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Zach Plesac showed he still has room to grow in 2021

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Zach Plesac’s innings total reached a new high in 2021, but so did his ERA

Cleveland Indians v New York Yankees Photo by Adam Hunger/Getty Images

Zach Plesac is a baseball player who is primarily utilized as a starting pitcher.

(Nope)


Zach Plesac is a starting pitcher for the Cleveland Guardians organization. During the 2021 season, he tallied a cool 4.67 ERA in nearly 150 innings, good for 1.1 fWAR and tenth on our countdown.

(Boring)


What is Zach Plesac?

A starting pitcher for the Cleveland Guardians who battled through injury to go 10-6 with a 4.67 ERA in 25 starts? Perhaps. OR PERHAPS HE—

(Stop)


We’ve arrived at 10 on our Guardians MVP countdown. It has not been a long, strange trip — we’ve just been clicking buttons on a website.

Anyway, I am pleased to present Zach Plesac. In 25 starts for the 2021 Guardians, Plesac won ten games with a 4.67 ERA and 1.1 total fWAR.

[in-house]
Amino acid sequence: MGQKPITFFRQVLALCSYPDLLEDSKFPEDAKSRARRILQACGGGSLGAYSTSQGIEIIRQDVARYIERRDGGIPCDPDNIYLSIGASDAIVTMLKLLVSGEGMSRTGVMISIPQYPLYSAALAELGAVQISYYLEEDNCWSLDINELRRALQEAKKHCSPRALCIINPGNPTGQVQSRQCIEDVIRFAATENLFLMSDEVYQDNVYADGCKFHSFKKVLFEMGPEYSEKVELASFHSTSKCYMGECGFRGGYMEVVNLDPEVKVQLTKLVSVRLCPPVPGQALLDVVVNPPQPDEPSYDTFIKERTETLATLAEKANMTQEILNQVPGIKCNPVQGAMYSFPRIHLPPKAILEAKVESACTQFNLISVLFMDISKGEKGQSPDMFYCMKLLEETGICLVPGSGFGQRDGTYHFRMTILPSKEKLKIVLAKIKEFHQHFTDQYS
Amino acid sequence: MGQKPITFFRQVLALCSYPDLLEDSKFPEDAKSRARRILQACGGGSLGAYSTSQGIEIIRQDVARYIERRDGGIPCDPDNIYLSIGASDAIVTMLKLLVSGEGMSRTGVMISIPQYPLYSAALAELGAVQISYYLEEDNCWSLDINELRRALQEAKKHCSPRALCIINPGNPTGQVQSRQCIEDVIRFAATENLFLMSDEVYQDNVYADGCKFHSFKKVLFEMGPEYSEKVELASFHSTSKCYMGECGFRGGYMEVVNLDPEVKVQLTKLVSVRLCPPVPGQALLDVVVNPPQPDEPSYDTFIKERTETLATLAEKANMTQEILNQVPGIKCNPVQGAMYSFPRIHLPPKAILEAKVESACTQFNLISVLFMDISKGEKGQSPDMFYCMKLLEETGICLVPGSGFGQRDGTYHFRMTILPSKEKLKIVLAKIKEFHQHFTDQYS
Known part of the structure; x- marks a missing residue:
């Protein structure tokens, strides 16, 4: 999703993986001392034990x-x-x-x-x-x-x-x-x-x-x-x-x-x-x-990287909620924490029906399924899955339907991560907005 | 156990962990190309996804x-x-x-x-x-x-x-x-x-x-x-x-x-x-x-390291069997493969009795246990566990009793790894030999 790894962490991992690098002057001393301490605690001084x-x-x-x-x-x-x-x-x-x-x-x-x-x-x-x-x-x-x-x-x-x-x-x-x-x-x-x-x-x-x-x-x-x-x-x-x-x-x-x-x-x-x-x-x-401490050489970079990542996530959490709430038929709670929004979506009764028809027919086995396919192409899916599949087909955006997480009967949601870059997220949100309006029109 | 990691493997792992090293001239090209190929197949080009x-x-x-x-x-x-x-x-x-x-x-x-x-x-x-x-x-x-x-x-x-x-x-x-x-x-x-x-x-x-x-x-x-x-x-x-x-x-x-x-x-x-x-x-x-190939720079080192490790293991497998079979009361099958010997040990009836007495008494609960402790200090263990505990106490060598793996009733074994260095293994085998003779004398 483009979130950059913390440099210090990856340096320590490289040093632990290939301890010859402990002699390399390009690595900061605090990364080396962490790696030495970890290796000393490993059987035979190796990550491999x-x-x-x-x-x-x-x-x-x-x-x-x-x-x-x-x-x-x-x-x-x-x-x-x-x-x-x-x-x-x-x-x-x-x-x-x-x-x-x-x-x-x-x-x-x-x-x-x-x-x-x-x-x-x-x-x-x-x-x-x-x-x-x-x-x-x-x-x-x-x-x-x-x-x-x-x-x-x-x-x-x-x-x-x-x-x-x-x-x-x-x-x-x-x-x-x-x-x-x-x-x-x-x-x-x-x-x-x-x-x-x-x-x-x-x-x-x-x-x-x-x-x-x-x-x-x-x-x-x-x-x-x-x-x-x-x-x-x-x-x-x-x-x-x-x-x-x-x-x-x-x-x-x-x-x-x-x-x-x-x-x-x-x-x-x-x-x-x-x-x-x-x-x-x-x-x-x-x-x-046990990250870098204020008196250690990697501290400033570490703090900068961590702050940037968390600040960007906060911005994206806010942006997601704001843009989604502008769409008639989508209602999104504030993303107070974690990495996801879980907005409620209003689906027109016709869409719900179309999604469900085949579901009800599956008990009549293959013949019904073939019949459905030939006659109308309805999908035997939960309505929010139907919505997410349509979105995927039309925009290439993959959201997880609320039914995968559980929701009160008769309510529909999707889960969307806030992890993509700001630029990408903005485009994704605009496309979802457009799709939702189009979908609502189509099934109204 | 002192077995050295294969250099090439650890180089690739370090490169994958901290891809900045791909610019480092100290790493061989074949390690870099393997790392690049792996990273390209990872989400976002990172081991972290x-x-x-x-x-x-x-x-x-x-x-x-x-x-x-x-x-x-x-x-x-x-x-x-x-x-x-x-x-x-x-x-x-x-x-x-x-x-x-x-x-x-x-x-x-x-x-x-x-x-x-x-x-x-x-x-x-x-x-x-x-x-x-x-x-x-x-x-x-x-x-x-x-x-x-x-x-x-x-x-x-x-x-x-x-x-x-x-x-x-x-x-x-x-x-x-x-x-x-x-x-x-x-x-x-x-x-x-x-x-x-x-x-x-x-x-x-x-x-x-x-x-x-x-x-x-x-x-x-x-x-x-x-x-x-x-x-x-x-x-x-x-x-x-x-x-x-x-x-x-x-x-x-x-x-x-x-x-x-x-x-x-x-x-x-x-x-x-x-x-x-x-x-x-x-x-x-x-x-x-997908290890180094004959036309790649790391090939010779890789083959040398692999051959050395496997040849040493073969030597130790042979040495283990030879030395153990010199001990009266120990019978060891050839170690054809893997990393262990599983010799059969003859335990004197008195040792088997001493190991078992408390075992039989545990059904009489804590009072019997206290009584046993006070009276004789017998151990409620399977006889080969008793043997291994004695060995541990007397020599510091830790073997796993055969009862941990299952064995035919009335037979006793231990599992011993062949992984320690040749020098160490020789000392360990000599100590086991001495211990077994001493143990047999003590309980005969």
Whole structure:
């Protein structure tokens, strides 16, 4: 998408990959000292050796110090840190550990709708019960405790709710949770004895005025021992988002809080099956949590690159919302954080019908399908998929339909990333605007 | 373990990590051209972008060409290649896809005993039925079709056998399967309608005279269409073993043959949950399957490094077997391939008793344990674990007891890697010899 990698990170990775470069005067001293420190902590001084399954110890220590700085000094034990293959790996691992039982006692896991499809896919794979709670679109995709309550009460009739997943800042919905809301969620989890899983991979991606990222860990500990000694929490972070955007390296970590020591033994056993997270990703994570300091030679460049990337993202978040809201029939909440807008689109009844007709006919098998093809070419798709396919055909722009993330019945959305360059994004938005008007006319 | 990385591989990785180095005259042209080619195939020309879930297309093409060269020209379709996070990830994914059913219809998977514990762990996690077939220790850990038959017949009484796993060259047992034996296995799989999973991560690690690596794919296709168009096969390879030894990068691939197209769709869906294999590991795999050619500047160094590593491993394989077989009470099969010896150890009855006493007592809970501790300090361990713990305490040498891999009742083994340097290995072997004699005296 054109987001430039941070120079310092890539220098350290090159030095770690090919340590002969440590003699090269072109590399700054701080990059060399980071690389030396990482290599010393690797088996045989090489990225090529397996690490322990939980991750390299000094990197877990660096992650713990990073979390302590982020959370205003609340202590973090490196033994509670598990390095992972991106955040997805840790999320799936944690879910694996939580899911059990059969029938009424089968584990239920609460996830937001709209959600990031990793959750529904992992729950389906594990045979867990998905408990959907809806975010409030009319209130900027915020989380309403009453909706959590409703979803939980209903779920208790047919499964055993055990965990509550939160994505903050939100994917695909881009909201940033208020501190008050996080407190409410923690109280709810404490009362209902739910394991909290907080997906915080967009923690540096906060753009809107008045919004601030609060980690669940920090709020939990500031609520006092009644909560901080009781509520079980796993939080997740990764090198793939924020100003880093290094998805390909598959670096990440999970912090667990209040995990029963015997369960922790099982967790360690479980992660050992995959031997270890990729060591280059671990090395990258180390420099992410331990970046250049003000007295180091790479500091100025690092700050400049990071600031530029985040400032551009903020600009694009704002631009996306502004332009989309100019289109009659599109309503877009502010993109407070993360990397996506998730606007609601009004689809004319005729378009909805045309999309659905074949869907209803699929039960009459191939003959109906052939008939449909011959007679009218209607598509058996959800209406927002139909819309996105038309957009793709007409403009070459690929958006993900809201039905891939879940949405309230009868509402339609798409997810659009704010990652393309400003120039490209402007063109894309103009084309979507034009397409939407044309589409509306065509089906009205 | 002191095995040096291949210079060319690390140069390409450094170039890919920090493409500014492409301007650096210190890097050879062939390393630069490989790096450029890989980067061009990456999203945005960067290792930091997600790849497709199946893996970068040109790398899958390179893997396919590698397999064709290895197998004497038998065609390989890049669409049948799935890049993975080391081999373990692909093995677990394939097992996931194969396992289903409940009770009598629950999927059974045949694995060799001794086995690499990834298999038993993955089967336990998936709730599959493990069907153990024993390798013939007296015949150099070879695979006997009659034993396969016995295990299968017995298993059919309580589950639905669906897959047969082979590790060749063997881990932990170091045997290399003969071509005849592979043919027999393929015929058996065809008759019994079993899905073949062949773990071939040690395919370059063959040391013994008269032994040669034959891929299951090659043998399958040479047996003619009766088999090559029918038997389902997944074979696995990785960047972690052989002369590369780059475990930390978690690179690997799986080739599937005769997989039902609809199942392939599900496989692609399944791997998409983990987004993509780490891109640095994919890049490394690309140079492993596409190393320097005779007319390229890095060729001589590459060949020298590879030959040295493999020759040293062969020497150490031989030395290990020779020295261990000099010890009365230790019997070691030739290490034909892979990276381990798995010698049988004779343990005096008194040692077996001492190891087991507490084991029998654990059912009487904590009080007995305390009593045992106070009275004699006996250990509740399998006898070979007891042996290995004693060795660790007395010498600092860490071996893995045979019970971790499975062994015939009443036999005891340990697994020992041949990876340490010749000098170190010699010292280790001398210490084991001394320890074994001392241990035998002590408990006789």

(Fine)

An integral part of the rotation when healthy, Plesac threw a fastball, curveball, slider, and changeup in 2021. His three off-speed offerings were all above-average pitches throughout the season. The problem is that hitters obliterated his fastball, which he threw 41.9% of the time. It was a much more effective pitch in years past, and I am unable to tease out the cause.

For all I know, it’s just a blip. Or it simply requires a shuffling in how Plesac orders his offerings to hitters. Even if he doesn’t manage to correct this defect, he will remain a Pretty Good Starting Pitcher, Oh Dang and the Other Night He Went Eight Scoreless.

The final thing to call out from Plesac’s season is his strikeout rate. In 2019, Plesac started 21 games and owned a K% of 18.5%. In the shortened 2020 season, it hopped to 27.7%. This appeared to be much more in line with the figures he posted throughout his career in the minors.

Then, in 2021? 16.7%.

I’m not sure what to make of that, except to say that his stuff doesn’t miss bats. Certainly, his fastball does not. But it does manage to shimmy a bit as it nears the plate, and weak contact may always be his calling card. He will be neither the first nor last pitcher to carve out a career this way if it happens.

I cannot help but hope that he gets that strikeout rate back up, though. It is difficult to see a flash of potential that may unlock the path to elite status and then never quite see it fulfilled.

(You’re talking about Danny Salazar again, aren’t you?)

Shut up, disembodied voice. Jeez.

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